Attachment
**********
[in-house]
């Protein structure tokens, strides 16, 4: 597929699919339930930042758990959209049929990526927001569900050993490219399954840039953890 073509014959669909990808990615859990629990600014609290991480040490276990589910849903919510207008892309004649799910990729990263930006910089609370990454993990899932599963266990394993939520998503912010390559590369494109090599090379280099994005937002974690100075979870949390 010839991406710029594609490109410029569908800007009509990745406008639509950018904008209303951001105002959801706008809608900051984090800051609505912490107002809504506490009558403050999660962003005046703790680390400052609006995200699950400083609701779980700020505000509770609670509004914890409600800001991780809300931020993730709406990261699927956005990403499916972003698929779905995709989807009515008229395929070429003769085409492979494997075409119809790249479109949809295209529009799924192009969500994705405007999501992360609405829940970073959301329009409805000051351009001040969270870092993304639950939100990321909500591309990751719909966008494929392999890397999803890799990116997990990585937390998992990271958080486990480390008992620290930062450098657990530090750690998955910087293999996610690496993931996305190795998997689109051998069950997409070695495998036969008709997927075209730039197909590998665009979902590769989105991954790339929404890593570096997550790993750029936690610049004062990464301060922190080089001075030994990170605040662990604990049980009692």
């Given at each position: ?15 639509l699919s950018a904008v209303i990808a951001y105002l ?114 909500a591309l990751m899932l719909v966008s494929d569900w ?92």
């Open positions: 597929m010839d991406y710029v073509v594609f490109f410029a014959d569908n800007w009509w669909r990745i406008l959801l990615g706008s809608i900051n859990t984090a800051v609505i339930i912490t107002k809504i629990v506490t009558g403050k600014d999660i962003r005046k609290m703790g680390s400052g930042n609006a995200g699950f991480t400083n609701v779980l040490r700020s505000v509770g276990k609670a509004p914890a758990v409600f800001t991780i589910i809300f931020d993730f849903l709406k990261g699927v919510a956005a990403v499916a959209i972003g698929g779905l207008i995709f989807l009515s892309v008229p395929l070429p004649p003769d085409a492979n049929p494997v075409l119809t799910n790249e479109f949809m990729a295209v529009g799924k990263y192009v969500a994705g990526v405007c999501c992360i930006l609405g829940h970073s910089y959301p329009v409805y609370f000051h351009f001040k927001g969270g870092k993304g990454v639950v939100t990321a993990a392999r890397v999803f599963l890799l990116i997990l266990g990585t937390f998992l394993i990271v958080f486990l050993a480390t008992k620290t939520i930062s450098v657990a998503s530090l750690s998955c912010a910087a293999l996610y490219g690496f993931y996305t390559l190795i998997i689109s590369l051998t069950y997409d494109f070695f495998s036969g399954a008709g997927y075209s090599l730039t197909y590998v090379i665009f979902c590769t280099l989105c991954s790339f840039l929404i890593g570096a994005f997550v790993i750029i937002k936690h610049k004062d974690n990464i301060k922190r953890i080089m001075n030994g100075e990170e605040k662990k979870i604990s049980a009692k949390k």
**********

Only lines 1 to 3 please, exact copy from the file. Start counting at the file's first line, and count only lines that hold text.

[in-house]
């Protein structure tokens, strides 16, 4: 597929699919339930930042758990959209049929990526927001569900050993490219399954840039953890 073509014959669909990808990615859990629990600014609290991480040490276990589910849903919510207008892309004649799910990729990263930006910089609370990454993990899932599963266990394993939520998503912010390559590369494109090599090379280099994005937002974690100075979870949390 010839991406710029594609490109410029569908800007009509990745406008639509950018904008209303951001105002959801706008809608900051984090800051609505912490107002809504506490009558403050999660962003005046703790680390400052609006995200699950400083609701779980700020505000509770609670509004914890409600800001991780809300931020993730709406990261699927956005990403499916972003698929779905995709989807009515008229395929070429003769085409492979494997075409119809790249479109949809295209529009799924192009969500994705405007999501992360609405829940970073959301329009409805000051351009001040969270870092993304639950939100990321909500591309990751719909966008494929392999890397999803890799990116997990990585937390998992990271958080486990480390008992620290930062450098657990530090750690998955910087293999996610690496993931996305190795998997689109051998069950997409070695495998036969008709997927075209730039197909590998665009979902590769989105991954790339929404890593570096997550790993750029936690610049004062990464301060922190080089001075030994990170605040662990604990049980009692």
């Given at each position: ?15 639509l699919s950018a904008v209303i990808a951001y105002l ?114 909500a591309l990751m899932l719909v966008s494929d569900w ?92």